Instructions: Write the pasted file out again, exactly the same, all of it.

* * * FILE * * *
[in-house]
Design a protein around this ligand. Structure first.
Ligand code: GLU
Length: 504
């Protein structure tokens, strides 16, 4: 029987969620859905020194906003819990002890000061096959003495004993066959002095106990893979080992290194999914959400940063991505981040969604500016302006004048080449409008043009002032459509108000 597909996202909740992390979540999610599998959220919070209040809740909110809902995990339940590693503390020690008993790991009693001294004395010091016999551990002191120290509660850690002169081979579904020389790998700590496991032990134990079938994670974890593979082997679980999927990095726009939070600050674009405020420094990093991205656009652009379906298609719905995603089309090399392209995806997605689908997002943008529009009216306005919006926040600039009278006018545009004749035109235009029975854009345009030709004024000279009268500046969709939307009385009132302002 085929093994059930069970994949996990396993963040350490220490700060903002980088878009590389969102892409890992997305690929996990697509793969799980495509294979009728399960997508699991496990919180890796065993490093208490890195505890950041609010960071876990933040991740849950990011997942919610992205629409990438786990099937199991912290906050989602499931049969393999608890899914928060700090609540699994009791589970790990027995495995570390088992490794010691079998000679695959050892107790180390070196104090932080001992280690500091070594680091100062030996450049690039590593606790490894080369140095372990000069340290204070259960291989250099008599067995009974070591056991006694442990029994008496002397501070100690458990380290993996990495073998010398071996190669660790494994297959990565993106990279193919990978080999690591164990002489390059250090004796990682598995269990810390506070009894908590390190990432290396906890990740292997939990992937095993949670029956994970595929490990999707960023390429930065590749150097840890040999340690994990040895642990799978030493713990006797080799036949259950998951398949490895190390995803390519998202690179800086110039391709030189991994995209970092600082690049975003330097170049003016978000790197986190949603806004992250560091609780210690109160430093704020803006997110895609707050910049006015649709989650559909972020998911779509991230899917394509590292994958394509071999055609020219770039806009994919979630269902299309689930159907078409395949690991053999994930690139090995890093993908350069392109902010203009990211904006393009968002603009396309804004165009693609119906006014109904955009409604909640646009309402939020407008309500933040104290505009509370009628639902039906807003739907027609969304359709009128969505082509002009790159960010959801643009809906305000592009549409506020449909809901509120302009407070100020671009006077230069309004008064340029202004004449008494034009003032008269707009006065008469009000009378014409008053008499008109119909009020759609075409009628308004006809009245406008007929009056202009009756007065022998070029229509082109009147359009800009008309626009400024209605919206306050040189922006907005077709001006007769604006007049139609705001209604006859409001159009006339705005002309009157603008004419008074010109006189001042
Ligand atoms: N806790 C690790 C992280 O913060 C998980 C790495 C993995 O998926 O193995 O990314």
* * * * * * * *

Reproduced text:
[in-house]
Design a protein around this ligand. Structure first.
Ligand code: GLU
Length: 504
């Protein structure tokens, strides 16, 4: 029987969620859905020194906003819990002890000061096959003495004993066959002095106990893979080992290194999914959400940063991505981040969604500016302006004048080449409008043009002032459509108000 597909996202909740992390979540999610599998959220919070209040809740909110809902995990339940590693503390020690008993790991009693001294004395010091016999551990002191120290509660850690002169081979579904020389790998700590496991032990134990079938994670974890593979082997679980999927990095726009939070600050674009405020420094990093991205656009652009379906298609719905995603089309090399392209995806997605689908997002943008529009009216306005919006926040600039009278006018545009004749035109235009029975854009345009030709004024000279009268500046969709939307009385009132302002 085929093994059930069970994949996990396993963040350490220490700060903002980088878009590389969102892409890992997305690929996990697509793969799980495509294979009728399960997508699991496990919180890796065993490093208490890195505890950041609010960071876990933040991740849950990011997942919610992205629409990438786990099937199991912290906050989602499931049969393999608890899914928060700090609540699994009791589970790990027995495995570390088992490794010691079998000679695959050892107790180390070196104090932080001992280690500091070594680091100062030996450049690039590593606790490894080369140095372990000069340290204070259960291989250099008599067995009974070591056991006694442990029994008496002397501070100690458990380290993996990495073998010398071996190669660790494994297959990565993106990279193919990978080999690591164990002489390059250090004796990682598995269990810390506070009894908590390190990432290396906890990740292997939990992937095993949670029956994970595929490990999707960023390429930065590749150097840890040999340690994990040895642990799978030493713990006797080799036949259950998951398949490895190390995803390519998202690179800086110039391709030189991994995209970092600082690049975003330097170049003016978000790197986190949603806004992250560091609780210690109160430093704020803006997110895609707050910049006015649709989650559909972020998911779509991230899917394509590292994958394509071999055609020219770039806009994919979630269902299309689930159907078409395949690991053999994930690139090995890093993908350069392109902010203009990211904006393009968002603009396309804004165009693609119906006014109904955009409604909640646009309402939020407008309500933040104290505009509370009628639902039906807003739907027609969304359709009128969505082509002009790159960010959801643009809906305000592009549409506020449909809901509120302009407070100020671009006077230069309004008064340029202004004449008494034009003032008269707009006065008469009000009378014409008053008499008109119909009020759609075409009628308004006809009245406008007929009056202009009756007065022998070029229509082109009147359009800009008309626009400024209605919206306050040189922006907005077709001006007769604006007049139609705001209604006859409001159009006339705005002309009157603008004419008074010109006189001042
Ligand atoms: N806790 C690790 C992280 O913060 C998980 C790495 C993995 O998926 O193995 O990314």